In order to loiter I set the plane up for slow flight like I'd practiced countless times (I actually really enjoy chugging around like this), tossed in some flaps (don't remember now how much exactly), and throttled back and pitched to bring 'er down into the laid back position that a plane takes at that point in the curve. As the speed slowed I laid into the throttle to keep us a handful of knots above stall and orbited the house for a few minutes while watching the altimeter like a hawk and they had a good ole time trying to yell out the windows.

Why would the plane's mods have saved our lives? Well, while I was above the required "safe" altitude for the area, one thing that I hadn't taken into account is how much the stall speed changes at the wing loading with 4 adults in the thing. If I hadn't had the extra headroom afforded by those mods, I may have gotten into a point in the power curve where powering out of the reverse control regime before hitting the ground wouldn't be possible. This realization is why it's indelibly burned into my mind.

This is one area of flight where remembering "pitch controls airspeed, and throttle controls altitude" can be a literal lifesaver.

the infamous power curve

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    $\begingroup$ Am I right in assuming a plane with a positive thrust-to-weight ratio simply has that "maximum power available" remain above the "power required" all the way down to zero airspeed, so that the risk of "not enough time to power out of reversed command regime" is not an issue? $\endgroup$
    – towe
    Oct 11, 2022 at 9:50
  • $\begingroup$ This would actually be an interesting question to pose on the site. Thinking about it I could consider a few different possible answers which would differ if the aircraft had vectored thrust or not. because the amount of thrust against gravity at some alpha will vary inversely to the lift generated by the wings, I do think the curve would look quite different, but I do not think that it would completely remove the area below the reverse command region except maybe if there was vectored thrust or if it had a VERY high TtW ratio. $\endgroup$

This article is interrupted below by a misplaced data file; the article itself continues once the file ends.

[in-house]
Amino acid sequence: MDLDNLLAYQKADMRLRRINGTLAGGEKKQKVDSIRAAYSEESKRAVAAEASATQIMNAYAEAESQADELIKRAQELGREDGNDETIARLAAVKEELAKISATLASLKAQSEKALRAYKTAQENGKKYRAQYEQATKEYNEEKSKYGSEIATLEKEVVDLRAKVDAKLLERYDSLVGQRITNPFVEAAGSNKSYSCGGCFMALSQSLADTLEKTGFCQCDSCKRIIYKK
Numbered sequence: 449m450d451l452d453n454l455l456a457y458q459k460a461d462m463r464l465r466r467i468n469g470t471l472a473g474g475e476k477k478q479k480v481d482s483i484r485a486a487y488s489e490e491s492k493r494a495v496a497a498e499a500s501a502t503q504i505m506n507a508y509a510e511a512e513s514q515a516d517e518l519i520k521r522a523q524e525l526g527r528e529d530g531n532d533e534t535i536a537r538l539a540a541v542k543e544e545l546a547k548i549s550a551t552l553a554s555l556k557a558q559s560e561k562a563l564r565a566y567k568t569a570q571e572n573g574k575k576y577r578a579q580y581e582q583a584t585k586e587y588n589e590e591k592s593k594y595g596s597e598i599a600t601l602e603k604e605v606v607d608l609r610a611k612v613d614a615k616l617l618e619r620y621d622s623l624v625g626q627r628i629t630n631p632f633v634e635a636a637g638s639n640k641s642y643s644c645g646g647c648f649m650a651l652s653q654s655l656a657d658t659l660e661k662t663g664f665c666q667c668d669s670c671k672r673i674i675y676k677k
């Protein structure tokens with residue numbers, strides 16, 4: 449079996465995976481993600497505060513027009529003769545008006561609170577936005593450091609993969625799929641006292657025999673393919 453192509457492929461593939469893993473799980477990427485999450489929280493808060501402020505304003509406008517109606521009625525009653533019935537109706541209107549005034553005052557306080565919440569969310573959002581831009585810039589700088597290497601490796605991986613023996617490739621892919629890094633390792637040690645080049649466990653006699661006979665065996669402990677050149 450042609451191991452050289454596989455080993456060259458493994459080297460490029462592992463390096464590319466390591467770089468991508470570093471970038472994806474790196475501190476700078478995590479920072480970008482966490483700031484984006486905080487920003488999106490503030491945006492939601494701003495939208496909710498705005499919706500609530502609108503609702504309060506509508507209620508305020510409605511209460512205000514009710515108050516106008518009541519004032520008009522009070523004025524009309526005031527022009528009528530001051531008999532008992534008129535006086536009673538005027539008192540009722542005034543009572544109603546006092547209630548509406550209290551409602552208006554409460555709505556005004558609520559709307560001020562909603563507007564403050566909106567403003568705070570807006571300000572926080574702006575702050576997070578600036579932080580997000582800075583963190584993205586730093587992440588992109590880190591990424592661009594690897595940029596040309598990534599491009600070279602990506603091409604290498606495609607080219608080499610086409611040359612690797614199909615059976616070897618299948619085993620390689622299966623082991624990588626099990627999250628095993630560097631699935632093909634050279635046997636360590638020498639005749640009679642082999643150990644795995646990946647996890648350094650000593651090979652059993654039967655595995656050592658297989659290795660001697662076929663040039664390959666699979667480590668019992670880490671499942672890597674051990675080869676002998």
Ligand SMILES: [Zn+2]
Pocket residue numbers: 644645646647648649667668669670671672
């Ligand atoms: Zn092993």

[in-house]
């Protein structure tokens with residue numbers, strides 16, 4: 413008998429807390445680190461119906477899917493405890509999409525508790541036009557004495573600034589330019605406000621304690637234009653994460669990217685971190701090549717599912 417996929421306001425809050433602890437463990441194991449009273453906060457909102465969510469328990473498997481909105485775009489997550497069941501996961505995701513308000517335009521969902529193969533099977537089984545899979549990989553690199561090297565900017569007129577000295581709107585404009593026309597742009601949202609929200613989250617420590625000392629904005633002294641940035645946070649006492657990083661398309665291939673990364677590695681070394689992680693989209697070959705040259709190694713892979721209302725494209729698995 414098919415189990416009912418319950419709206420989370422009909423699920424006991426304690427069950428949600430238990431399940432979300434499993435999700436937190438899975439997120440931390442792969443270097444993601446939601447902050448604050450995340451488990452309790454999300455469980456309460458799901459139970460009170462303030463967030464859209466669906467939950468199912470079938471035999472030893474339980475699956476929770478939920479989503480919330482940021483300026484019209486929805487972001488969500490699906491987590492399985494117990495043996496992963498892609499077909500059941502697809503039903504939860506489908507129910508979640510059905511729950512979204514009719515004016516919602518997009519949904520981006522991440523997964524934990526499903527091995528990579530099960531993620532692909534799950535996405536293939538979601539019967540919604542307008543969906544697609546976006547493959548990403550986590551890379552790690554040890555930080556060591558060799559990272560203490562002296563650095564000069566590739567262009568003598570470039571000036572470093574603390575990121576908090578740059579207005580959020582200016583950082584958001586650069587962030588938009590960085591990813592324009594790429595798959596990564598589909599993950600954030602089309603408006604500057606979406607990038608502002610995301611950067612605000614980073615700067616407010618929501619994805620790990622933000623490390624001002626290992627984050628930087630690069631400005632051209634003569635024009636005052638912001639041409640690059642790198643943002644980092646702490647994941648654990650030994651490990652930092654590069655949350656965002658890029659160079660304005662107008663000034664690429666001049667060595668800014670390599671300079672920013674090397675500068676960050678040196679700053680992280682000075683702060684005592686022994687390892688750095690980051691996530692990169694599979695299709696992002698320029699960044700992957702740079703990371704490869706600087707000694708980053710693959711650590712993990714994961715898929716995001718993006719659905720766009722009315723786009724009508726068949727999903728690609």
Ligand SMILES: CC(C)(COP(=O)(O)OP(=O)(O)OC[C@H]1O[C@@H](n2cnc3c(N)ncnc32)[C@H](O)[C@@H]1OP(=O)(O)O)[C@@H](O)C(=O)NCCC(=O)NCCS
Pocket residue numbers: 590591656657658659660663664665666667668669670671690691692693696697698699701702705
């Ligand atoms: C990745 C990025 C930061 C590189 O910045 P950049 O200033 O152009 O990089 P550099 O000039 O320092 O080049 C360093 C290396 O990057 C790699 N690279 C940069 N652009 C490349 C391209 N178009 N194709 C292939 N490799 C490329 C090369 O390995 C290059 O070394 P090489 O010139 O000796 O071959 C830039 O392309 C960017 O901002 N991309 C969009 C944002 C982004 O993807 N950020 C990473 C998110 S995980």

– joshperry
    Nov 1, 2022 at 1:31

At very low speeds, with a high AOA (angle of attack), they are using a lot of the thrust to just hold it up in the air, rather than lift over the wings.

Also, the crowd likes it...:)

  • $\begingroup$ This is the elephant in the room. Those passes could be a lot quieter, but the pilots are trained to make a lot of noise when passing over the crowds, then quieten down as they leave the show area $\endgroup$
    – Richard
    Oct 9, 2022 at 7:51
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    $\begingroup$ @Richard, for a given thrust setting needed to fly at a certain airspeed, how would the pilot increase or decrease the noise? $\endgroup$ Oct 9, 2022 at 14:59
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    $\begingroup$ @MichaelHall i guess pilot has option to increase drag and use different thrust setting for certain airspeed too. Let’s say full flap with huge drag and higher thrust setting to make more noise. $\endgroup$
    – vasin1987
    Oct 9, 2022 at 16:33
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    $\begingroup$ Well, you are free to presume that the goal is to make noise, but it is actually a slow flight demonstration and noise is simply a byproduct. Pilots are just not "trained to make a lot of noise"... $\endgroup$ Oct 9, 2022 at 18:16
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    $\begingroup$ The last airshow that I saw, ended with supersonic-capable jets in various formations and choreography. Of course, they're forbidden from actually going supersonic, but to make the noise, they also create a lot of thrust. The combination of afterburner and speedbrakes together, seems a bit odd until you realize what their goal really is. It was also interesting to see a silent approach, and then a very short "fade-in" as one crossed in front of where I was. Not a boom, but a very short fade from silence to very loud. $\endgroup$
    – AaronD
    Oct 9, 2022 at 20:36